I started my career as PH in 1976 when I returned to the family-owned farms in the Smaldeel area of the Eastern Cape. In those years the trophy hunting industry was still in its infancy. After all preparations were done East Cape Plains Game Safaris was established in 1979 and by June of that year I had eight American clients signed up.
My career as a PH was nearly over before it began because of ignorance and a large dose of stupidity. Being an absolute novice in the trade I approached our only taxidermist in the area, a fellow named Roy “Chum” Hayes, for some pointers in caping, skinning and trophy preparation. Old Chum stressed that under no circumstances may an animal’s throat be cut. Little did I know what was to follow. My first client was a professor from the University of New Orleans whose first African animal was to be a blesbuck. The animal was subsequently wounded in the gut and took off. After tracking it down I found it under a dense bush. Remembering Chum’s advice, I decided to grab the animal’s horns and break its neck as I’ve seen Tarzan do it countless times in the movies. Let me tell you, it doesn’t work in real life! After realising it was a no-go, I was still hanging onto a big blesbuck that I could not let go of. To my utter shame and disgust I ended up suffocating the beautiful trophy. Looking around, I saw my client standing a way off, staring at me with a wary look in his eye and holding his rifle in a ready high-port position. Not that I blame him – the whole scene must have looked totally crazy.
That night I confided to my young wife that I did not think my chosen profession was for me. In the early hours of the morning I came up with what I thought was a brilliant idea. I sharpened a screwdriver and used it to dispatch wounded animals by pushing it in behind the head and the first vertebrae, severing the spinal column so that the hole was where the cut would be made when caping. Later I became very proficient at using a knife and found that the Brusletto Troll Kniven range of knives with the chisel tip works best as the knife does not slip on the skin but penetrates cleanly.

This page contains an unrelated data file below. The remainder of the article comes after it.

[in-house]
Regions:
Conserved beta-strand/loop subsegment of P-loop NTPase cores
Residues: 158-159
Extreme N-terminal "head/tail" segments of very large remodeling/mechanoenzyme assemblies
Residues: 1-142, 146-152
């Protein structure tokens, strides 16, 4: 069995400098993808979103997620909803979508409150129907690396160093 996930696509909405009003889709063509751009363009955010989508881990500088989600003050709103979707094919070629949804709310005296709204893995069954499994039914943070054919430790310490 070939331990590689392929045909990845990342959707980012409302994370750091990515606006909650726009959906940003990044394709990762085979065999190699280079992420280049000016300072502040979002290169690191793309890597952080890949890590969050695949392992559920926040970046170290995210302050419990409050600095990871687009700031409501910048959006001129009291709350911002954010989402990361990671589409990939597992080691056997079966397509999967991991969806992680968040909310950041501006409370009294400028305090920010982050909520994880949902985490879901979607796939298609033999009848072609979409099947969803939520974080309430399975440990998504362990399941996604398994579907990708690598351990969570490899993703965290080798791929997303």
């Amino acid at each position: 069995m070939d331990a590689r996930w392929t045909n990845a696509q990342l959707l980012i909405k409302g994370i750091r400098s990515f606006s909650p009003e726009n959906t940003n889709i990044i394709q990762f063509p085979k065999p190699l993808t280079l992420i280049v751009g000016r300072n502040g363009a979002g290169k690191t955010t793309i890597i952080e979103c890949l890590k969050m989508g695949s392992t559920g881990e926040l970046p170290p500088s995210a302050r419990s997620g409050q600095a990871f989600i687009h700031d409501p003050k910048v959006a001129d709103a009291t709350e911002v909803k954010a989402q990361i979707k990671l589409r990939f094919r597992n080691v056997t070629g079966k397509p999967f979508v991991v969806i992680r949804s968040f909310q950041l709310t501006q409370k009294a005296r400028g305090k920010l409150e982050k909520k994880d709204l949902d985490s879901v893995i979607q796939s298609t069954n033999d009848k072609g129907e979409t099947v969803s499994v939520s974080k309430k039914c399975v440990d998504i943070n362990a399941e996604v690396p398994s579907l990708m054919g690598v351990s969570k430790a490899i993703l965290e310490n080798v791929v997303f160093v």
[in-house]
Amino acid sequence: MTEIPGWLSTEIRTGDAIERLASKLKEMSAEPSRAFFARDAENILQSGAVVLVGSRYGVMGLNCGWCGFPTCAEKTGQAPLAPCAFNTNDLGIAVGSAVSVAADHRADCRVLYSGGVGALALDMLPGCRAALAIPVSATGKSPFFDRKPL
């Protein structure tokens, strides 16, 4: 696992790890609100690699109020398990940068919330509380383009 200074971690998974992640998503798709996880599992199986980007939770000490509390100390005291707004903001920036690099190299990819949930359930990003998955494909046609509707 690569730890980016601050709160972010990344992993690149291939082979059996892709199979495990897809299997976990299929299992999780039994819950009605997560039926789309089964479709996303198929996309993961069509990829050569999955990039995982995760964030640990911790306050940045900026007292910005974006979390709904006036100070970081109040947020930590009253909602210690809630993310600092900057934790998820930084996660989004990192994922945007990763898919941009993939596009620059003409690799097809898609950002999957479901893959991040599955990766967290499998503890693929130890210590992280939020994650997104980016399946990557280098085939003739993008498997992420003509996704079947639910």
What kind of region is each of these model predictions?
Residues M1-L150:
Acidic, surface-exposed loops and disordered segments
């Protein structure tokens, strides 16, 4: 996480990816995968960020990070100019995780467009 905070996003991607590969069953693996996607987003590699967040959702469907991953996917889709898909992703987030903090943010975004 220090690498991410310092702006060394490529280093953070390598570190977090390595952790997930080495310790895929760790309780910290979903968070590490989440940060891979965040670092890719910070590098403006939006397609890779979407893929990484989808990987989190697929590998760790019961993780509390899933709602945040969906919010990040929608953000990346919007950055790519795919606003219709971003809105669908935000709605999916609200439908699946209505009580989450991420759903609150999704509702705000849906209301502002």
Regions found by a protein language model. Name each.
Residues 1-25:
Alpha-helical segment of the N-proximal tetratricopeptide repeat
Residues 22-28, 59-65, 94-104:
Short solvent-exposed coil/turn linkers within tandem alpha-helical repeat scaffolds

In 1983 a law was promulgated that all outfitters and PHs had to write a Nature Conservation departmental exam and go through a practical evaluation of the Department of Nature Conservation. I did the first sitting for the theoretical exams in Queenstown and the practical at my hunting facility to become the third registered outfitter and PH in the Eastern Cape on 13 April 1983.
Contrary to popular belief not all outfits specialise in dangerous game hunts. East Cape Plains Game Safaris specialises in exactly what the name implies – plains game. We have a hunting area and concessions covering some 20 000 ha and offering 21 species of game that are really abundant in this area.
After my father was diagnosed with Parkinson’s disease and ended up in a wheelchair I did everything I could to help him carry on hunting as he was absolutely opposed to hunting from a vehicle.
A porta-chair system was devised so that we still could take him on a “carry” walk-and-stalk hunt. Before he passed away I made a promise to him that I would extend the facilities to other disabled hunters and not charge them more than “normal” hunters. ECPG Safaris has a fully equipped wheelchair-friendly lodge and wheelchair access to the lapa to cater for disabled hunters. We accommodate about four disabled hunters per year. Logistically it is a nightmare but the personal satisfaction my crew and I derive from it is priceless! ECPG Safaris has eight PHs and freelancers working in the outfit. Having started off my career in such an unprepared way, I have become involved in the PH School system as a School Director. At this school we endeavour to teach prospective PHs the right way to go about the business without having to pay the school fees we had to in those early years.
What is your favourite game animal?
I truly love all the game we hunt. If I had to pick one species it would have to be the Eastern Cape kudu. What a magnificent creature – dark neck, prominent white markings and that long mane under the throat. The old bulls are as cunning as if they had written the rule book and broke every rule in it! That punch-in-the-gut feeling when you spot a huge bull standing motionless in the bush that you’ve been glassing for some time when suddenly you see the movement of an ear or tail or the sun flashing off a horn. Good shot placement and a sufficient calibre are essential as these guys are tough and, if wounded, will lead you on a merry chase. Every time a client takes a good Eastern Cape kudu I marvel at its beauty and feel very humble looking at such a beautiful creation of God.